I am a 44-year-old white-European male conductor and academic who became interested in connections between music and concepts of race during my postgraduate studies at the University of Newcastle upon Tyne in the early 2000s. My PhD (2010) was about figures in jazz culture, like Duke Ellington, who led famous bands and wrote music for those ensembles that represented black history and experience as an act of race pride.

I went on to write a book, The Recordings of Andy Kirk and His Clouds of Joy (2019), which aimed to show how Kirk’s band defied expectations of what an all-black ensemble should sound like and thereby challenged the racism that prevailed in recording and dance-hall cultures of the interwar period. So, it was perhaps inevitable that I would bring such academic interests into my choral direction work but, as we will see, my own identity makes such an enterprise problematic in itself.

The programme I devised for the aborted concert was founded on the Choral Ballads by the black-British composer Samuel Coleridge-Taylor (1875-1912), who is best known in choral circles for his trilogy of works that includes Hiawatha’s Wedding Feast (1898). Coleridge-Taylor composed a set of three Choral Ballads for his 1904 trip to the US to conduct the Coleridge-Taylor Choral Society of Washington DC. Later, he expanded that set to five for the 1905 Norwich Festival and also reworked one of the original movements for female voices and baritone soloist.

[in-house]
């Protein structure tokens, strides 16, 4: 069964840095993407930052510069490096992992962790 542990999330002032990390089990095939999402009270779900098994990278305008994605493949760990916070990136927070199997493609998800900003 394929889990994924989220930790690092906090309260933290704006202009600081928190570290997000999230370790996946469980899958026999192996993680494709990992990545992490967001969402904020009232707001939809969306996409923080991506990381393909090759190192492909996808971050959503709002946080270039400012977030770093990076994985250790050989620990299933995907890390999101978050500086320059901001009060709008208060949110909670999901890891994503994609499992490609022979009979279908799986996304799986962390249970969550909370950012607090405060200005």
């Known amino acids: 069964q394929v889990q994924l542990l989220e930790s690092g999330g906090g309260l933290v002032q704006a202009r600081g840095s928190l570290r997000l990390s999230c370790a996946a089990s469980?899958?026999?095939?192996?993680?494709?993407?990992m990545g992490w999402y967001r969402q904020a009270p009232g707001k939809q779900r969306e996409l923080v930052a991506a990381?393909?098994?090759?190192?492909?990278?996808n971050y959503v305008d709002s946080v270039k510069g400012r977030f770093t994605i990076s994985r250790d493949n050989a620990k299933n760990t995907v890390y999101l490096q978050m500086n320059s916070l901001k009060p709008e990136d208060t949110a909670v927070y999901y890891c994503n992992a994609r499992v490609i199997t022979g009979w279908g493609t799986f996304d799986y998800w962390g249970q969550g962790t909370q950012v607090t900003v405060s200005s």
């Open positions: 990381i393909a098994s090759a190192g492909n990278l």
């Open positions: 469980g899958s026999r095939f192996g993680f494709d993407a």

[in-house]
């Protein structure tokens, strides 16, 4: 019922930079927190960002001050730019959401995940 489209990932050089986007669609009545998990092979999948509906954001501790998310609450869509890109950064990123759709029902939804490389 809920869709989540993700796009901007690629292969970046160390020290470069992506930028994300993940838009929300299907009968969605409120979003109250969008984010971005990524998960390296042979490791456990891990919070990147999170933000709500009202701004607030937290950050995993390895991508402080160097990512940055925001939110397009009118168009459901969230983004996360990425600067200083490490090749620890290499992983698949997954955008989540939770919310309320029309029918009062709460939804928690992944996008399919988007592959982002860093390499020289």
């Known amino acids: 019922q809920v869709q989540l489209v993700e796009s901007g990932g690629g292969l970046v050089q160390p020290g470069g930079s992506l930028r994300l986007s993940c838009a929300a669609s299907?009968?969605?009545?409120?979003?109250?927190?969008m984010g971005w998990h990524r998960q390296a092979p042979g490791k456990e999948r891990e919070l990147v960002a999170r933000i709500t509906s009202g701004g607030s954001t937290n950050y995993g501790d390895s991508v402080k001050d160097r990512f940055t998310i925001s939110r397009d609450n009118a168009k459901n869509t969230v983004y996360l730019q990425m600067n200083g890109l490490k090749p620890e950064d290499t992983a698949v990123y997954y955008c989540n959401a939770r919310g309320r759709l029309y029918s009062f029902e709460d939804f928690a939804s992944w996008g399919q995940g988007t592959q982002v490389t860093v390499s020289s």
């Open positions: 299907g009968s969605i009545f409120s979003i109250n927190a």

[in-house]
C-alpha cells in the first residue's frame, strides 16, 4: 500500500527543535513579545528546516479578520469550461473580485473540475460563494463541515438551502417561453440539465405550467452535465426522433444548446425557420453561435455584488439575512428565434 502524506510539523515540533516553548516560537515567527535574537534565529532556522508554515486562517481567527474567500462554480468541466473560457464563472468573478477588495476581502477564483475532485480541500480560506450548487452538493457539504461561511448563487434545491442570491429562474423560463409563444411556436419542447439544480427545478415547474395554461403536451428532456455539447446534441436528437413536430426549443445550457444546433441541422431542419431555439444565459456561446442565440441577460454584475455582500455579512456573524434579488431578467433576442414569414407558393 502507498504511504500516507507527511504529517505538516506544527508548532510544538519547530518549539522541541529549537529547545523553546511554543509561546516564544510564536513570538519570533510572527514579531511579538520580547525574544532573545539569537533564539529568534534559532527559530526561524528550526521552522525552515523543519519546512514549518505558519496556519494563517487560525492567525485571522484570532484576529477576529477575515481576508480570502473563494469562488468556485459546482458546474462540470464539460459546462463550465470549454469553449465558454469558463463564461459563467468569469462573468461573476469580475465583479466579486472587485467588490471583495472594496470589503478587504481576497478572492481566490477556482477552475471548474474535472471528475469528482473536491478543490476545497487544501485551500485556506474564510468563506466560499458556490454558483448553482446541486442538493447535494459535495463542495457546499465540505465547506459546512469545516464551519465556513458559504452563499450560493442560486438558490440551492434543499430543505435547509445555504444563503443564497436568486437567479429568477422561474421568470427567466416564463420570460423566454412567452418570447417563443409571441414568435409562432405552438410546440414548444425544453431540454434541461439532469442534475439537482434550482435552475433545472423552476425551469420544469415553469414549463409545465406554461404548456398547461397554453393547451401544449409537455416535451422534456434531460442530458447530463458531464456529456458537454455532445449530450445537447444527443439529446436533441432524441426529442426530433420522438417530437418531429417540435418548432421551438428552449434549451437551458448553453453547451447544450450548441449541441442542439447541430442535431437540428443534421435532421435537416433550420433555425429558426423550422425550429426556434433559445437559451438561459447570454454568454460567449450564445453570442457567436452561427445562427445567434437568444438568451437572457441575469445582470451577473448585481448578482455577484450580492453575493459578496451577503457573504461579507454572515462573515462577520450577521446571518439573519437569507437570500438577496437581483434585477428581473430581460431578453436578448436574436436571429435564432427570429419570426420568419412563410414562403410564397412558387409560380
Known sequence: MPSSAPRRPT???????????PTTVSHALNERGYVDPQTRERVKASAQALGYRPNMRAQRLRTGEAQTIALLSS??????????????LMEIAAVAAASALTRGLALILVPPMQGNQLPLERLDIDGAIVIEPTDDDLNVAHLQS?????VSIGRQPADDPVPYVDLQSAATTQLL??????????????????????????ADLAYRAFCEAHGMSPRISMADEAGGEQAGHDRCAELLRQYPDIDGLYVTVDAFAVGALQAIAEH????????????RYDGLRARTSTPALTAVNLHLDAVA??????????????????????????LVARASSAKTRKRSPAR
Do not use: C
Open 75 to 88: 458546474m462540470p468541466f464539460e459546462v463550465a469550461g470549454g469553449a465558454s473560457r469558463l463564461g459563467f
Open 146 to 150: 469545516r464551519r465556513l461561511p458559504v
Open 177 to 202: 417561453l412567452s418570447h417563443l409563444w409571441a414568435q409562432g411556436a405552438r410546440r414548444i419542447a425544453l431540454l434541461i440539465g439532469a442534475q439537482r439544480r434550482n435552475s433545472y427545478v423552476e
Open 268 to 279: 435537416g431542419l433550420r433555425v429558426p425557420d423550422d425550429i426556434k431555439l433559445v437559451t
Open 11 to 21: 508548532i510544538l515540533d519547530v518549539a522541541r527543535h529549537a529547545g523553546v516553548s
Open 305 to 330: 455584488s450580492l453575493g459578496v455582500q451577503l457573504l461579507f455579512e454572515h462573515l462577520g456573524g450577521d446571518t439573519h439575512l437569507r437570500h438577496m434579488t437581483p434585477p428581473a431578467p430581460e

All of this music is very well written for choir, with orchestra and soloist. Unlike much of Coleridge Taylor’s other choral writing, which tends to be mostly homophonic, it makes really good use of counterpoint but is nonetheless tuneful and accessible. In many ways, it is a fantastic choice for any mixed-ability choir like ours and a great opportunity to introduce them and an audience to a great black-British composer.

The Choral Ballads are all settings of anti-slavery poetry written 1842 by the white-American poet, Henry Wadsworth Longfellow (1807-1882). Despite their noble intentions, however, the ballads are not without their problems: the lyrics include words used to describe black figures that are now considered highly problematic, albeit archaic, and the exoticism in the musical language is as much rooted in the colonial past. However, it was the words of the Choral Ballads that sparked the debate about whether and how we should perform these works and others in the programme. Here, for reasons of clarity, is a quotation of Longfellow’s text from the opening bars of the third ballad:

Loud he sang the Psalm of David!
He, a Negro, and enslavèd,
Sang of Israel’s victory,
Sang of Zion, bright and free.

To some extent, I had anticipated the debate about the text as I had prepared a presentation about the Choral Ballads which put the language issues in the context of their time and I offered a number of options for the choir to consider. These included, not performing the work at all, acknowledging the historical context and keeping the language as it is, or changing the language as a political act of decolonisation. What I hadn’t anticipated was the way that these options split the choir into factions that each felt very strongly that we should or should not change the language or else not perform the pieces at all.